Ashton Gage: Who out of all of the characters you've created over the years is your favorite, and why?

    Salvatore: It has to be Drizzt. I've been able to say so much through him; writing his essays has often allowed me to clarify my own thoughts on some issue. For humor, my favorite is Oliver deBurrows from the Crimson Shadow books. My favorite villains are Entreri from the Drizzt books and Marcalo De'Unnero from DemonWars. And there are so many others I've come to love over the years. Pony and Bruenor, the Bouldershoulder brothers,'s like listing your friends. Still, it has to be Drizzt. We've been together for so many years. I even put DRKELF on the license plate of my new car - it was a long time in coming. I guess my daughter is right about me being a geek.

    Ashton Gage: Is there anyone in the comic book industry you view as a true friend, or mentor?

    Salvatore: I've made quite a few friends in the comic book industry. Ron Marrs, Josh Blaylock, Andrew Dabb and Tim Seeley, to name a few, and I'm sure I could name many more. One guy who's been like a mentor is Jim Lowder, an old friend from TSR. Jim knows the comic industry inside out and has been generous with his knowledge in educating me.

    Ashton Gage: As a kid did you read comic books, and if so which were your favorite?

    Salvatore: My favorite was and remains Charlie Brown. I've loved Charles Schultz's work since kindergarten! And the older I get, the more I realize how true Charlie Brown rings. I was also a Fantastic Four fan and had quite an eclectic collection, with everything from Archie to Spiderman to Superman to Charlie Brown. That said, other than Peanuts, I wasn't what you might call an expert on comics, and it wasn't until I got involved on the other end that I came to realize the brilliance and the depth of storytelling that's going on out there.

    Ashton Gage: Where did the inspiration for Drizzt Do'urdan come from?

    Salvatore: I have no idea. I came up with Drizzt off the top of my head, under pressure from my editor (we were on a very short deadline). I had never played a dark elf in D&D and had never thought to use one in a book. So I blurted it out, convinced Mary Kirchoff, my editor, to let it go through and started writing The Crystal Shard. The first chapter I worked on had Drizzt running across the tundra an getting ambushed by yetis. By about the third page, a strange thing happened. I knew. I knew that the book wasn't about Wulfgar, as I had planned, but was about this guy, this rogue dark elf. He literally stole the show.

    Ashton Gage: Have you ever had a dream that heavily influenced one of your current published stories, and if so what was the dream like?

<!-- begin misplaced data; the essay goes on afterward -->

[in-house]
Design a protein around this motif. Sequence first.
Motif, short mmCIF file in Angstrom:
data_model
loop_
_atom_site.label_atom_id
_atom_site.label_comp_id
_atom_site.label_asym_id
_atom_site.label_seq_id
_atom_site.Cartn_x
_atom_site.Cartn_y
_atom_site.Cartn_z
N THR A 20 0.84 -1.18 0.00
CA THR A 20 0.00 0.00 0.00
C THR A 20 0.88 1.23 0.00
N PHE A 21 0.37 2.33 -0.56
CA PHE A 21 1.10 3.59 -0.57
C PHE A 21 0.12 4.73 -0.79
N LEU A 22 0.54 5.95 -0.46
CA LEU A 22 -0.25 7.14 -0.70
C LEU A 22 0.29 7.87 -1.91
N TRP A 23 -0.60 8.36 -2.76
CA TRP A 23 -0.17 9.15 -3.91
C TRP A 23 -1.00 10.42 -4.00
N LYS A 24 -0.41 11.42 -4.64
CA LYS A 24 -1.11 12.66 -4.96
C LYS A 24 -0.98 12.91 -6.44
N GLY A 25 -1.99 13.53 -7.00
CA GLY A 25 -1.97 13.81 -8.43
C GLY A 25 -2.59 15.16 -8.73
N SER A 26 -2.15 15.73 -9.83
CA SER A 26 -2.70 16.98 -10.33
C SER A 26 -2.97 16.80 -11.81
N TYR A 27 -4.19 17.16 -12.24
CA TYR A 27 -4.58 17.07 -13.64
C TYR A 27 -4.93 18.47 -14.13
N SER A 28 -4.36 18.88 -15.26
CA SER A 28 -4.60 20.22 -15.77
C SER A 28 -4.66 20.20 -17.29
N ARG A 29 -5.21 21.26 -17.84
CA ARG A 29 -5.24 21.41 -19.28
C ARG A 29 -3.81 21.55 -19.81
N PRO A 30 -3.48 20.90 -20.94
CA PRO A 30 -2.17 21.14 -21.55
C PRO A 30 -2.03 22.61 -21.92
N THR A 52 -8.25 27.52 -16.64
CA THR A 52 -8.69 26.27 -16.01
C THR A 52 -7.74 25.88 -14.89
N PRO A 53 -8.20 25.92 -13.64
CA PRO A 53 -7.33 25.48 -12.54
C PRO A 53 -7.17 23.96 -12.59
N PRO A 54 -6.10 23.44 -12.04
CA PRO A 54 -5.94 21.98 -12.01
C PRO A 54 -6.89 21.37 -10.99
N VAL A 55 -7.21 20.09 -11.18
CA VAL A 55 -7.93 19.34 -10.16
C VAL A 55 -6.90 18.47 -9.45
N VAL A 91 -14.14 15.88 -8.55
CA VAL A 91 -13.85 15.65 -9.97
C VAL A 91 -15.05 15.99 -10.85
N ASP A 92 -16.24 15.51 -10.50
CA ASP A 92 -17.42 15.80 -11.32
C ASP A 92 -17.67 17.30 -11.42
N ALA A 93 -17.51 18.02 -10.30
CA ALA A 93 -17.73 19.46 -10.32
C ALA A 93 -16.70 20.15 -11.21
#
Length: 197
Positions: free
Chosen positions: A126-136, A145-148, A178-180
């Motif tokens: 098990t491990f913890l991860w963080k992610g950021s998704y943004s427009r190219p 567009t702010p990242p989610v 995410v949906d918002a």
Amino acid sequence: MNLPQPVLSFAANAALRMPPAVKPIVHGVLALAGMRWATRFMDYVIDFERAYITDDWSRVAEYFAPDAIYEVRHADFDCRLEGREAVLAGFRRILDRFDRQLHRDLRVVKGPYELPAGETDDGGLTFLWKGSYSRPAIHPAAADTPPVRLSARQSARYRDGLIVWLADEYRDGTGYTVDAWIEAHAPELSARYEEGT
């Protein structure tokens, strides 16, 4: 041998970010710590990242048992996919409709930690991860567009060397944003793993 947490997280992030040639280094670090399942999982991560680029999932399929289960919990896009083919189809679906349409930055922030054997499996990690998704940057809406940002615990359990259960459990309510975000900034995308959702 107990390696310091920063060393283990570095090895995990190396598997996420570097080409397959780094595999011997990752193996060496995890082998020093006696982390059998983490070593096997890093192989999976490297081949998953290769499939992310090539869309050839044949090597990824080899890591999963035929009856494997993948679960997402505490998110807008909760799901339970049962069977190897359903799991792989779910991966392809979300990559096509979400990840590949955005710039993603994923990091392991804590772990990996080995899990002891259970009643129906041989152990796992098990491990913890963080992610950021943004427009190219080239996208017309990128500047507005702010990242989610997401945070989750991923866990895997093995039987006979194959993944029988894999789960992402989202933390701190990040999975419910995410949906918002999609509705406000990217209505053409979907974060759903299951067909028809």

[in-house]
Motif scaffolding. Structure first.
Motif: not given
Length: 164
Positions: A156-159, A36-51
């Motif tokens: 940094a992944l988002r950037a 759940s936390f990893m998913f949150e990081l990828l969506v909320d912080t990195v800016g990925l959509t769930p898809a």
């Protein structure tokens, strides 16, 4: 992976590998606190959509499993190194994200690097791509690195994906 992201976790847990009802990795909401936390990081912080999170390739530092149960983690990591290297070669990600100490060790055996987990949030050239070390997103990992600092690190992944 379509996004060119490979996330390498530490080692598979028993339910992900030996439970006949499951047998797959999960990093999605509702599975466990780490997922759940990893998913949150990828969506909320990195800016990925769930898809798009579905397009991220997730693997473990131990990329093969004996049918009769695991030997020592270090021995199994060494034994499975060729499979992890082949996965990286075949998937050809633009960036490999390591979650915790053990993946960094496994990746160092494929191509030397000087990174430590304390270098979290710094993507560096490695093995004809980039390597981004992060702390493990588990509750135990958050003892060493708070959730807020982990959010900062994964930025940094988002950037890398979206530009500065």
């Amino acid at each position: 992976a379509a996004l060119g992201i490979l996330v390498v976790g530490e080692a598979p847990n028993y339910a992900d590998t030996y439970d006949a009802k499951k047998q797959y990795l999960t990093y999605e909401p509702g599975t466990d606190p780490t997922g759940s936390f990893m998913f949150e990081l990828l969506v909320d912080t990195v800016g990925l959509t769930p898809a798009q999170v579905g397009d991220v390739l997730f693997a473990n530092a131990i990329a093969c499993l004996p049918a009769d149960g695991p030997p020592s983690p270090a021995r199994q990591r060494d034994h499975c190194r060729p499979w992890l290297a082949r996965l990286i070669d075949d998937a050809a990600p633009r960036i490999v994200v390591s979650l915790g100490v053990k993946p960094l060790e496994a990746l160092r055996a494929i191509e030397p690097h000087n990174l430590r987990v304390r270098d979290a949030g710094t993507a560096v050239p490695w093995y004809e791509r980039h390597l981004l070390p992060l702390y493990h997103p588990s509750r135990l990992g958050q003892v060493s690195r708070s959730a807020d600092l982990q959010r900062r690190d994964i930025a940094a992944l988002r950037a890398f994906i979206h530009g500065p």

Salvatore: No - and that answer surprises me. I daydream all the time; often when I'm driving somewhere, I'm surprised when I arrive, because throughout he journey, I wasn't there, but was in a world of my own imagination. I remember mentioning this in an interview a long time ago, and for a while there, my daughter wouldn't ride with me!

    Ashton Gage: Have you ever played Dungeons and Dragons, and if so what was your favorite character?

    Salvatore: I've been playing fairly regularly since 1981. I can't wait to try 4th Edition, which looks wonderful at first glance. I generally play monks; for some reason, I love the class.

    Ashton Gage: Are you planning on expanding the Forgotten Realms comic book series further then your novels?

    Salvatore: As of right now, we're just adapting the novels. If we were to go further, I'd have to get a lot more involved in the writing, obviously. We've talked about it, but mostly it's a scheduling problem. Between my novels for WotC, including the new ones I'm co-writing with Geno, my DemonWar/Highwayman novels with Tor and my work with 38 Studios, I'm quite busy.

    Ashton Gage: Are there any projects coming up in the future for you, that you can hint at?

    Salvatore:I think I've covered them in the previous questions. More Drizzt, more DemonWars, new young-adult Drizzt books (which I think the older Drizzt readers will love, by the way) and that gigantic video game with 38 Studios.

    Ashton Gage: For new aspiring writers like myself do you have any personal advice that you would like to give in helping them get their foot in the door?

    Salvatore: Perseverance is required. This is a tough business. Many writers are vying for every spot on every schedule. I think if I were starting out as a genre writer, particularly fantasy, I'd take a look at the tie-in series that are out there. I'd find one based on a property I love, then research the books fully and come up with a story that would fit and add to the line. I'd go for a lesser-known series - you won't get a Star Wars novel or a Star Trek or Forgotten Realms novel, likely, but you might find a place with a lesser-known series. Other than that, if you can quit, then quit. If you can't quit, you're a writer!

  2. wolfman Guest


    its a nice conversation...